Visualising War

Strategy-making and/as Storytelling with Phillips O’Brien

October 13, 2021 The University of St Andrews Season 1 Episode 31
Visualising War
Strategy-making and/as Storytelling with Phillips O’Brien
Show Notes

In this week’s podcast, Alice and Nicolas discuss strategy with Prof. Phillips O’Brien. Phil joined the School of International Relations at the University of St Andrews in 2016 as Professor of Strategic Studies; he also directs the university’s interdisciplinary Institute for the Study of War and Strategy, which has some obvious areas of overlap with the Visualising War project. His interests in warfare and strategy range widely, with a particular focus on the early twentieth century. Most recently, in 2019 Phil finished his biography of Admiral William D Leahy, Roosevelt’s Chief of Staff and (as Phil puts it in the title) the ‘second most powerful man in the world’, who became de facto president of the United States when Roosevelt’s health started to fail. 

Strategic studies look at how decisions about war (including avoidance of war and concluding them through treaties) are made at the highest political level, and what influence those decisions have on the course of wars and battles. Strategy-making is an act of visualisation in itself; and of course it can be heavily influenced by past habits of visualising war.  We discuss the connection between strategy-making and storytelling, and how descriptions of strategy end up shaping the ways we visualise individual conflicts and war more broadly.  

Among other topics, we talk about: 

  • The role of grand strategies in wars from antiquity via WWII to more recent conflicts in the Middle East – do grand strategies win wars?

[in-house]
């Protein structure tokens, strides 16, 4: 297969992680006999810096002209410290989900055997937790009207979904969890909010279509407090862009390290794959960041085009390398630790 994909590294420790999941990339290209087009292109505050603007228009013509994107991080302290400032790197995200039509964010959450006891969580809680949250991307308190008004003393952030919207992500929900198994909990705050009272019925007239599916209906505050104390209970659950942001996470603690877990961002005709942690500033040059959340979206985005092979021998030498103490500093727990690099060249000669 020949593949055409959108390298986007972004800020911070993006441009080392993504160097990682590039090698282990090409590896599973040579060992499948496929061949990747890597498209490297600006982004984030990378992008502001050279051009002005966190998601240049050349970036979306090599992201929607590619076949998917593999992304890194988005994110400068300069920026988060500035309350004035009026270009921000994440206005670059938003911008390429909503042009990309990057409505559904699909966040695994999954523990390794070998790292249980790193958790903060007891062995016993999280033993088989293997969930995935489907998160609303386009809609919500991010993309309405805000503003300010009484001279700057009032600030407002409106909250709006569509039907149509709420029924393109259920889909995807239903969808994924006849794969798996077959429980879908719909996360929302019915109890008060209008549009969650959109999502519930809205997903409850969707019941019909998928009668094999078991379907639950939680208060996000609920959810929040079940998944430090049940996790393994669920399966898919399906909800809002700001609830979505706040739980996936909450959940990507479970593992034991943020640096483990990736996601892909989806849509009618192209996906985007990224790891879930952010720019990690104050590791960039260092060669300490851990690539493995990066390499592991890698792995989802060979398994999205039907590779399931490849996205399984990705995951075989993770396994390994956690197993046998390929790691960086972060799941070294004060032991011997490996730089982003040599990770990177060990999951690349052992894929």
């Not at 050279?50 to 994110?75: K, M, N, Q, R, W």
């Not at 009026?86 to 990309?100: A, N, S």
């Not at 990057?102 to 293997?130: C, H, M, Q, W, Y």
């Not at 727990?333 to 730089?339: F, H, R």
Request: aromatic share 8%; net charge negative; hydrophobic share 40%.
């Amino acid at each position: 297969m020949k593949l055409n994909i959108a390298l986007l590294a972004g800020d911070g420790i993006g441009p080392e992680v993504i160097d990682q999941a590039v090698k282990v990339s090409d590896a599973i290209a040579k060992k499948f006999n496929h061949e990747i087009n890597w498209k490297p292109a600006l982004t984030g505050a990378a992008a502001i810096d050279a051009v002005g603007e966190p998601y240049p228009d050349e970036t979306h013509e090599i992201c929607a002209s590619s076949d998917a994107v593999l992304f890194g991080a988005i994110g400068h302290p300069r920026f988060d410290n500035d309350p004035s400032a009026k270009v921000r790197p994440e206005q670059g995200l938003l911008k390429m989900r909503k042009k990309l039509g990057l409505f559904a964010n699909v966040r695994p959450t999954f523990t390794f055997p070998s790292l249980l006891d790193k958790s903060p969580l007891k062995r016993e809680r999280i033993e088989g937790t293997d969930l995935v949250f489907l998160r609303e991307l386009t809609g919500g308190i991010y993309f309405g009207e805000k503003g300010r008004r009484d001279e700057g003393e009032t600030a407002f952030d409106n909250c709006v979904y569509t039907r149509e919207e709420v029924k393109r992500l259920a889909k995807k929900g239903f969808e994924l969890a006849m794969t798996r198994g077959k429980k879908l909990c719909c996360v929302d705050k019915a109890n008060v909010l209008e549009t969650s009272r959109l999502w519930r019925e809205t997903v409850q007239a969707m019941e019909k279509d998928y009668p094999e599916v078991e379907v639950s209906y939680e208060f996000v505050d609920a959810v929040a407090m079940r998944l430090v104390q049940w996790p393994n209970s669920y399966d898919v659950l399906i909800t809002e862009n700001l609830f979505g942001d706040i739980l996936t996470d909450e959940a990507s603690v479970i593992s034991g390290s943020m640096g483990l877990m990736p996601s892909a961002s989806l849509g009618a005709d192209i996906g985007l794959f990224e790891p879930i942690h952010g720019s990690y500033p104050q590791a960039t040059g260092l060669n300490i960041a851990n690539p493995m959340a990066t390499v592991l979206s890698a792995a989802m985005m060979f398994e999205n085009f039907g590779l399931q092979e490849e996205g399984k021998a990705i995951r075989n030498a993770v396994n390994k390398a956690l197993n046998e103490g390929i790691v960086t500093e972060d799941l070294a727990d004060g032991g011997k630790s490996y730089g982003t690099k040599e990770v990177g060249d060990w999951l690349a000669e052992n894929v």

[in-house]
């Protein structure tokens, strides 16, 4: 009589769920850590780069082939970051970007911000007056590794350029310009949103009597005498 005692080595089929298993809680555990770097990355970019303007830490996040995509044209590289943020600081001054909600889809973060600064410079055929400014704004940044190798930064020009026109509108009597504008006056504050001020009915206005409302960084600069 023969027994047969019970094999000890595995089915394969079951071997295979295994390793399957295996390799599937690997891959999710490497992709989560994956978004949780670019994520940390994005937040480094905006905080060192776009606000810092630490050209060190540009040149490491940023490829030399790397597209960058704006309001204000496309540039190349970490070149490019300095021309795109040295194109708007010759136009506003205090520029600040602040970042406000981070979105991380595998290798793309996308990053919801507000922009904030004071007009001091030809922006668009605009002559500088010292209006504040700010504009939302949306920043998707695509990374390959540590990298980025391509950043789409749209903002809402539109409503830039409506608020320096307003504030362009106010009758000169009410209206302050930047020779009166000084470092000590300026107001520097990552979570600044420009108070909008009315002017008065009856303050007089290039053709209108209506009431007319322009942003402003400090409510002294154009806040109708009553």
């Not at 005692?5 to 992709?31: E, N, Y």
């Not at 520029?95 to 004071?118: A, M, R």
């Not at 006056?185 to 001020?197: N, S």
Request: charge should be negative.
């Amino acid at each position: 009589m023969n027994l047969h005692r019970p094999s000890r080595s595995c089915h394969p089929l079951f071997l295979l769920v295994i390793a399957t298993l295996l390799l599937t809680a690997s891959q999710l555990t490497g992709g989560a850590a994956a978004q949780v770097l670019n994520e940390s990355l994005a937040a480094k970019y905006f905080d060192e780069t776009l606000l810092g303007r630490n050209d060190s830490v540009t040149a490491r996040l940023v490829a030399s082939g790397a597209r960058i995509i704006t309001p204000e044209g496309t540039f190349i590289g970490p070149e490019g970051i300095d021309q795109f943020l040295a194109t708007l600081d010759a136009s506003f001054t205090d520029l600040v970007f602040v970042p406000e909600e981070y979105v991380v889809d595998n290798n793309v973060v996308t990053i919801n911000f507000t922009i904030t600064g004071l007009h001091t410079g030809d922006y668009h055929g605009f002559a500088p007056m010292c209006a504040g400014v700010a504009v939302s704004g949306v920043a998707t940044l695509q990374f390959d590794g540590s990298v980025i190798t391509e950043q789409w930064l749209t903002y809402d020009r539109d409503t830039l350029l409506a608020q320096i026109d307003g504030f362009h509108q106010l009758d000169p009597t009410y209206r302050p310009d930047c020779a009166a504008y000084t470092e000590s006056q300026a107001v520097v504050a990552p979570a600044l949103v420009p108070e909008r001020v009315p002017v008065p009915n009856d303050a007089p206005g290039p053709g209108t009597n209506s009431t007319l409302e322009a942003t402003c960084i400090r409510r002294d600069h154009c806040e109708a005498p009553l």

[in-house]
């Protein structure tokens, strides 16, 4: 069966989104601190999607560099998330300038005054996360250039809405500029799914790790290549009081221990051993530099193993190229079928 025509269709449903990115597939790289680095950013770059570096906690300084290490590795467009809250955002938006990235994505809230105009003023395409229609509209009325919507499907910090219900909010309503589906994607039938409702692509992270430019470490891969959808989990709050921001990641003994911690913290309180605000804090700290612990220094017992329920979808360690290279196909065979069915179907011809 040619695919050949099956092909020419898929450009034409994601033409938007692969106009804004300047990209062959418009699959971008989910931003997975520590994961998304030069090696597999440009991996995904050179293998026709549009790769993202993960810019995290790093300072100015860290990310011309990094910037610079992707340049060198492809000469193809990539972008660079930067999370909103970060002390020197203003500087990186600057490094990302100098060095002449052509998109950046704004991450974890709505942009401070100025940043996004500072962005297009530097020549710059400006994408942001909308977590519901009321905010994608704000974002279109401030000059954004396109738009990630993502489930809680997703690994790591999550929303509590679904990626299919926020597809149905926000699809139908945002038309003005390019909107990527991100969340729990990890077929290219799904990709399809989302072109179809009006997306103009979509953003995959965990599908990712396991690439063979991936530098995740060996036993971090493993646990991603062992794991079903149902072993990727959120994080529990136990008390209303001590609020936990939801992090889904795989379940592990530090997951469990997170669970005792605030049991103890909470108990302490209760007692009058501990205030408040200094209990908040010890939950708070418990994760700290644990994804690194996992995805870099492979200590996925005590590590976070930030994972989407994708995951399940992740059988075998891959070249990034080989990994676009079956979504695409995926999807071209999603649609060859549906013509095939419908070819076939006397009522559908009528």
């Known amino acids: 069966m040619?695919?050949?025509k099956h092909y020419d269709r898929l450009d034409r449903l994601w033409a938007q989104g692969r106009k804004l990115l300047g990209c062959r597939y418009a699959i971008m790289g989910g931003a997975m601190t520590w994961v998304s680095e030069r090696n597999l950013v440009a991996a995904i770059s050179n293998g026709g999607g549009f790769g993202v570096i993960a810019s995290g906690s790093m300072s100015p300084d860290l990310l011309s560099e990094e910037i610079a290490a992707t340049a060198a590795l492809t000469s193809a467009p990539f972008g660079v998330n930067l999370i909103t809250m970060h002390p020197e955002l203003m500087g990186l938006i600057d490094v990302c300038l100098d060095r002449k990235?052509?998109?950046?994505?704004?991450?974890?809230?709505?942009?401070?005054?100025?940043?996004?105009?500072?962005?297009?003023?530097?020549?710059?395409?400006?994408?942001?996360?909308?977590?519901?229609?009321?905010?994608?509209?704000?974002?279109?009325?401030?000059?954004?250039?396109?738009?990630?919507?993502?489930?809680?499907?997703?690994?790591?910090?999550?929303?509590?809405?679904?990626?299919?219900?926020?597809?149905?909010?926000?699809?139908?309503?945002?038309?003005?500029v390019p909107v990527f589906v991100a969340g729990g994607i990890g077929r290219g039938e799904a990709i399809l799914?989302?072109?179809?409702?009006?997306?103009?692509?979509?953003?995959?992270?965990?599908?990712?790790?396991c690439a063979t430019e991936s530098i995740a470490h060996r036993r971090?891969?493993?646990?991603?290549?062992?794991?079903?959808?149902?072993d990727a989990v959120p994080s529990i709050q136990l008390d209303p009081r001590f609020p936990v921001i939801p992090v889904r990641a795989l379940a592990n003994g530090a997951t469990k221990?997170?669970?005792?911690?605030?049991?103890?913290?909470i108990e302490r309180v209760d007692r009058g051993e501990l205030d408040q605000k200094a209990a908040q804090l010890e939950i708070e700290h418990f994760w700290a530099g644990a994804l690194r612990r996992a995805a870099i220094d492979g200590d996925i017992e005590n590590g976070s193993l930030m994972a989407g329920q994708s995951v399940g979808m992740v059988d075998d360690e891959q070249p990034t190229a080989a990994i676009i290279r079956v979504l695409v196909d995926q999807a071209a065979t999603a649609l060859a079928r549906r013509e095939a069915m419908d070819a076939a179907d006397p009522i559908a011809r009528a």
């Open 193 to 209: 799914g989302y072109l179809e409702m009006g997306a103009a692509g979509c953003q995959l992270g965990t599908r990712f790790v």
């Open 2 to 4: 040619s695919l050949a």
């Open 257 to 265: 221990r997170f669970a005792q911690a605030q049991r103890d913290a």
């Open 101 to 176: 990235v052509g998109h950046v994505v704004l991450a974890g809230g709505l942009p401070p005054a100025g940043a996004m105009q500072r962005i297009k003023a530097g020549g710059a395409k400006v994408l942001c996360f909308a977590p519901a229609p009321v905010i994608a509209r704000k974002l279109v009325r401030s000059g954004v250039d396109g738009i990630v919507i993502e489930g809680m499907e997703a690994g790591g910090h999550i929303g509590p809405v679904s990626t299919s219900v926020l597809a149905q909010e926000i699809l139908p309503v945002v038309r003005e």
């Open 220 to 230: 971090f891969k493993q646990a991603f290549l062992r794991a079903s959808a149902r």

• How our understanding of and approaches to grand strategy have changed over time, and how they might develop in the future 
  • What shapes generals’ and politicians’ strategic decision-making, including the influence of past war stories in promoting particular 'strategic' mindsets
  • Whether you can teach and learn strategy, and the best ways to do that, including war gaming 
  • How grand strategy is visualised and narrated, and how it coexists and sometimes competes with other narratives 
  • Whether it makes sense to wage wars at all 

We hope you enjoy the episode!

For a version of our podcast with close captions, please listen here. You can find out more about Phil O’Brien’s work on his website at the University of St Andrews; also be sure to check out the website of the university’s Institute for the Study of War and Strategy.  

For more information about the Visualising War project, individuals and their projects, access to resources and more, please have a look on the University of St Andrews Visualising War website.  

Music composed by Jonathan Young 
Sound mixing by Zofia Guertin